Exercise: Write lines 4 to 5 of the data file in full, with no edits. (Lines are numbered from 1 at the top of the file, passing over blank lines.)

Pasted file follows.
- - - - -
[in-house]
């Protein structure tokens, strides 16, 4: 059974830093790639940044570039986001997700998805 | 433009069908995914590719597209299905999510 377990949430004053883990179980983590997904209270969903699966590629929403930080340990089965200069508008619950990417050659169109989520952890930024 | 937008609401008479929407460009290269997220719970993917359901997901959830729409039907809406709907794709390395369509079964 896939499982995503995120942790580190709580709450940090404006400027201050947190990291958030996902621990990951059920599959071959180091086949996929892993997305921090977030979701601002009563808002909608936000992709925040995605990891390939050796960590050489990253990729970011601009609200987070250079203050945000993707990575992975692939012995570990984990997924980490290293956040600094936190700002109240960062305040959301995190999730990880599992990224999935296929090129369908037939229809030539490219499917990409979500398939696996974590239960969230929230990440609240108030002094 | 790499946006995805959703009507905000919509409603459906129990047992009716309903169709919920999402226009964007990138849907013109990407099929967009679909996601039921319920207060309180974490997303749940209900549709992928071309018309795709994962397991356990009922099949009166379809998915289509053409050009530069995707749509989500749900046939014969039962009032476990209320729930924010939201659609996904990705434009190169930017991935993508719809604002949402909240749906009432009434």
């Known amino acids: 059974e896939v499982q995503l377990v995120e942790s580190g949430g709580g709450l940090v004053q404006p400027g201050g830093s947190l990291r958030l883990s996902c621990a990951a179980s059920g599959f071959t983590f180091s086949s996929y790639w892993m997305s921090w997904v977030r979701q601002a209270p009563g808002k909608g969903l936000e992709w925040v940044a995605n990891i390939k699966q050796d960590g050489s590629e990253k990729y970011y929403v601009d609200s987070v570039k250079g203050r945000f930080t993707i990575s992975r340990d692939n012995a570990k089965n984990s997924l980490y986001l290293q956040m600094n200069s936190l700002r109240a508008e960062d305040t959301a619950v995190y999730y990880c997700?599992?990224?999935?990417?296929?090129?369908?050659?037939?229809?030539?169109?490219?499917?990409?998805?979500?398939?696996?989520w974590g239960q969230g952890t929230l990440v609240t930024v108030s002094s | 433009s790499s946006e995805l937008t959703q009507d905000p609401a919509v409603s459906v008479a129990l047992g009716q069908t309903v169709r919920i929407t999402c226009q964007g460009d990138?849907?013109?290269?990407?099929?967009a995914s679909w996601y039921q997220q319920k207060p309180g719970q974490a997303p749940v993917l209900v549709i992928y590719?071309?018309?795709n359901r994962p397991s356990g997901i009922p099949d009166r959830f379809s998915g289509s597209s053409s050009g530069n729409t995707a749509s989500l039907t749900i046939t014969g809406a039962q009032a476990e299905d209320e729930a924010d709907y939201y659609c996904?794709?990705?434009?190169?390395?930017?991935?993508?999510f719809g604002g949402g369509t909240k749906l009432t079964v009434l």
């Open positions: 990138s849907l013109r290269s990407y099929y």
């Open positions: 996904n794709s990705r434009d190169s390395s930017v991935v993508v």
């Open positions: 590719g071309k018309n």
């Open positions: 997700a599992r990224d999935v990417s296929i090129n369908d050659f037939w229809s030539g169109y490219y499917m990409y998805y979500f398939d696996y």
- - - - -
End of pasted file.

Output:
């Open positions: 990138s849907l013109r290269s990407y099929y």
């Open positions: 996904n794709s990705r434009d190169s390395s930017v991935v993508v």